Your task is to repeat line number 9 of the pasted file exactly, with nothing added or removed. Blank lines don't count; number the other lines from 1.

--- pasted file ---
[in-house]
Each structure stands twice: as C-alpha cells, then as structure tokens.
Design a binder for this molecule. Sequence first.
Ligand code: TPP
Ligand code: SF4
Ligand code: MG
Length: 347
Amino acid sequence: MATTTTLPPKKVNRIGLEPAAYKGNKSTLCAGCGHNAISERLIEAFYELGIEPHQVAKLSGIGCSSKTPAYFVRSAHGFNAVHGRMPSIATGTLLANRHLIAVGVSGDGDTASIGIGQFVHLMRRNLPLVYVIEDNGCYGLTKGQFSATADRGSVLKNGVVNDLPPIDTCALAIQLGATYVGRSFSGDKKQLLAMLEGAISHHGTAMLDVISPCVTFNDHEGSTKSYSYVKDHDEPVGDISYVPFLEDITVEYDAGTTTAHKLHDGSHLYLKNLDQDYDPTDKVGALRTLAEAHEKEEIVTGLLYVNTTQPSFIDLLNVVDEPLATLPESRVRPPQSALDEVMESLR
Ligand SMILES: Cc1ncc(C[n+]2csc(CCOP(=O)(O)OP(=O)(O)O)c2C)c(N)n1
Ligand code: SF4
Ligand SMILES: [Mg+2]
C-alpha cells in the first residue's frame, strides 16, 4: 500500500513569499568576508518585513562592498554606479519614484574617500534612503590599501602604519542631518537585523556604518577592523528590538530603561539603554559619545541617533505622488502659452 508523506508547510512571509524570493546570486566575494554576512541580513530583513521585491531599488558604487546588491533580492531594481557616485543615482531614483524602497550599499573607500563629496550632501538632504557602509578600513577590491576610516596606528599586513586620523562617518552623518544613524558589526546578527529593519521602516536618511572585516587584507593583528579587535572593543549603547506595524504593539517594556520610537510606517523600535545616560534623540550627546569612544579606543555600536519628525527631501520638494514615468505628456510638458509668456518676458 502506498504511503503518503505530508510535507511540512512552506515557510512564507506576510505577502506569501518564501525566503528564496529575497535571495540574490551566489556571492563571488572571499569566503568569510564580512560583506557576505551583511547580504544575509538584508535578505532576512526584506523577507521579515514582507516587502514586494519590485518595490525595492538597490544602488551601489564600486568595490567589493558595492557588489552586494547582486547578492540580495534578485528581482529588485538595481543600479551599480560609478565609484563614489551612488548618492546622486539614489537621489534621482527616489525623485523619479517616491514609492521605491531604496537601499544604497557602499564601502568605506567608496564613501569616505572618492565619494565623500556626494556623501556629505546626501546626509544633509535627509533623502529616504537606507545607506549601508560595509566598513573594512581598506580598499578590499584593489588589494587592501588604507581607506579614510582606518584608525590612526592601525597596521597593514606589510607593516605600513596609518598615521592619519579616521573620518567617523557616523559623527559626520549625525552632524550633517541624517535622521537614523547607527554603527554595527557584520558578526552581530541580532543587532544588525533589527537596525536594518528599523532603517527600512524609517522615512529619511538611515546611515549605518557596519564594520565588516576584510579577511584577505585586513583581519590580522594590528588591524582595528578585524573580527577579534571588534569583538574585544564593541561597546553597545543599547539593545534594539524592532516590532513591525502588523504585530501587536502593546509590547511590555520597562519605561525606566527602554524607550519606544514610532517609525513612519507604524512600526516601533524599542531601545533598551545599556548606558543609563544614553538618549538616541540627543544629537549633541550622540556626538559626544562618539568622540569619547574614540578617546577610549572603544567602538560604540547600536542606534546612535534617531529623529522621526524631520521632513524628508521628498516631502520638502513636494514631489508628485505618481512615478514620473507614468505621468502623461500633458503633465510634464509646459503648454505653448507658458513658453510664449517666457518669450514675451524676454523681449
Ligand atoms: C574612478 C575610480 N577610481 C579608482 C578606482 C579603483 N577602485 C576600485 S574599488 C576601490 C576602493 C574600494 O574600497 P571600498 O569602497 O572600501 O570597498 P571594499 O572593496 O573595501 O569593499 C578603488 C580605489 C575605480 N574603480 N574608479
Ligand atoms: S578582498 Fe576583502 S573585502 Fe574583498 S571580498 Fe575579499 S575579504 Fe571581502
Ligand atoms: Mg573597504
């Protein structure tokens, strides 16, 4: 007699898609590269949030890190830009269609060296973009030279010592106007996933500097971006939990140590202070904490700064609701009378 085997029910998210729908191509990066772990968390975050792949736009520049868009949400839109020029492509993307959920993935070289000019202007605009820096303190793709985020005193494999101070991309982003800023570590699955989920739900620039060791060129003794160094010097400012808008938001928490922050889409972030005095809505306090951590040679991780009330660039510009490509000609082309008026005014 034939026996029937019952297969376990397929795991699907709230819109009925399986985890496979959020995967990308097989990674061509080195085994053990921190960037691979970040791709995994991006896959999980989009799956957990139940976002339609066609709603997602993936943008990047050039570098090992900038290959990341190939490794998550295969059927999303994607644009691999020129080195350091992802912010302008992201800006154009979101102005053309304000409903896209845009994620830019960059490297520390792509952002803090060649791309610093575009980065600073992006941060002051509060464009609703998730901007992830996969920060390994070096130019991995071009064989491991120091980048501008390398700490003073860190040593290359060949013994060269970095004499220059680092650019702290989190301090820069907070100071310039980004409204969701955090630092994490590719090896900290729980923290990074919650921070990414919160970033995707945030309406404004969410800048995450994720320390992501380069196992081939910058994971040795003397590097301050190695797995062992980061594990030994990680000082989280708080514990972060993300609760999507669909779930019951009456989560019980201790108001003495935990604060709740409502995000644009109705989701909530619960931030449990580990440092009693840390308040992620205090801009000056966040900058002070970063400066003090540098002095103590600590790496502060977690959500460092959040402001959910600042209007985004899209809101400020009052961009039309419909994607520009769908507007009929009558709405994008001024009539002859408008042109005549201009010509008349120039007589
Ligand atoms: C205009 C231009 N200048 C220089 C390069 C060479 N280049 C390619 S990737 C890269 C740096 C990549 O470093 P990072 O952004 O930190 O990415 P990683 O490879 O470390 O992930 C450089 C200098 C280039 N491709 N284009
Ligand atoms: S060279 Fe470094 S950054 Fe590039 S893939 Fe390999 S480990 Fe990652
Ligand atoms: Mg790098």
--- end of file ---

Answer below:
Ligand SMILES: Cc1ncc(C[n+]2csc(CCOP(=O)(O)OP(=O)(O)O)c2C)c(N)n1